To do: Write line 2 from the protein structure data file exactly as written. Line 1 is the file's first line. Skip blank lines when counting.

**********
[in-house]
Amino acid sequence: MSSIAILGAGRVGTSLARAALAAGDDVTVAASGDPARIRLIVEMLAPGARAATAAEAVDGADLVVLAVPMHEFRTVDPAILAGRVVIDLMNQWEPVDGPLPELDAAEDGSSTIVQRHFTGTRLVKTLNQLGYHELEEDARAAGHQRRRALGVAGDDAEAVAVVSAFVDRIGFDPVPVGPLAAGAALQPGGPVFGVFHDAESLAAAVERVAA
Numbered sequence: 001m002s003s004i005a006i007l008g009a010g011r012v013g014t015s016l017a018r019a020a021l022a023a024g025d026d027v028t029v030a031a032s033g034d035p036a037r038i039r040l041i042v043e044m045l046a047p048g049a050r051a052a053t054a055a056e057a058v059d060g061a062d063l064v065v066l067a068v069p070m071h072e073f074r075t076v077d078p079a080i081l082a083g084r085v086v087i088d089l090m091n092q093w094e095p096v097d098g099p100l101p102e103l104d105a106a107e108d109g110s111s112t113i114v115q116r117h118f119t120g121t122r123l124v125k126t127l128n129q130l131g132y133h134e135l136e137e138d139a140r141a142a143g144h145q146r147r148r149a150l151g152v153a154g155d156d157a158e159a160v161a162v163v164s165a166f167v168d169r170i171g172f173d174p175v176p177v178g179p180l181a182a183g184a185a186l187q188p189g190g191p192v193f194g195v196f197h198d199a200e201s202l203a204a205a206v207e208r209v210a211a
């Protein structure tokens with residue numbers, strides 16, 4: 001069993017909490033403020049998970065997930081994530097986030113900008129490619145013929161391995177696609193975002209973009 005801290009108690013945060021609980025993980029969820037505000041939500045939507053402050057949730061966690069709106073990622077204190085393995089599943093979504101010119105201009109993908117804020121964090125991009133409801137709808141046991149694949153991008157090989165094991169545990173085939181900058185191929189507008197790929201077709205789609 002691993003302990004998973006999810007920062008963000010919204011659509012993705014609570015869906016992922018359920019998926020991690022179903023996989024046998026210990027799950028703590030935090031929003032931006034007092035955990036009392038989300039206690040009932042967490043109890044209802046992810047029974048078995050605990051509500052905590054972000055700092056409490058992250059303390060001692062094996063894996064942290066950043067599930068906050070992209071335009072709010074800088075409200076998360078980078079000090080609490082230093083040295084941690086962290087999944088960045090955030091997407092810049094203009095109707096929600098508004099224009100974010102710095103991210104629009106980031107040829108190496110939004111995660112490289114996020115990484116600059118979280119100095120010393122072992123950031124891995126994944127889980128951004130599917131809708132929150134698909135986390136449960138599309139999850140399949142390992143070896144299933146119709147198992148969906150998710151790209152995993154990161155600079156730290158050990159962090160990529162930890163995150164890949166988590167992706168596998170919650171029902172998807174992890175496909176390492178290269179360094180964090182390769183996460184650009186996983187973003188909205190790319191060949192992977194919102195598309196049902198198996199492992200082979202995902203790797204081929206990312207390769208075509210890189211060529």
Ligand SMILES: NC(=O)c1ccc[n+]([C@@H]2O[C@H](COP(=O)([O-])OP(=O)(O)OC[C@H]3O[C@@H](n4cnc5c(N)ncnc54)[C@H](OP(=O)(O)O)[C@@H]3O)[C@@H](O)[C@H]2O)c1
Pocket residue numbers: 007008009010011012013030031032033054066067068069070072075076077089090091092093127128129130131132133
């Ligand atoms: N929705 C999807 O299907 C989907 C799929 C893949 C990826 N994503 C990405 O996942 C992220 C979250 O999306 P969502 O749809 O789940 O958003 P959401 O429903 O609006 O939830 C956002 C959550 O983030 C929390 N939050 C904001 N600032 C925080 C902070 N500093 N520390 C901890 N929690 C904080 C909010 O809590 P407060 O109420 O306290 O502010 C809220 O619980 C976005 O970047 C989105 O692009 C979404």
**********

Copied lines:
Amino acid sequence: MSSIAILGAGRVGTSLARAALAAGDDVTVAASGDPARIRLIVEMLAPGARAATAAEAVDGADLVVLAVPMHEFRTVDPAILAGRVVIDLMNQWEPVDGPLPELDAAEDGSSTIVQRHFTGTRLVKTLNQLGYHELEEDARAAGHQRRRALGVAGDDAEAVAVVSAFVDRIGFDPVPVGPLAAGAALQPGGPVFGVFHDAESLAAAVERVAA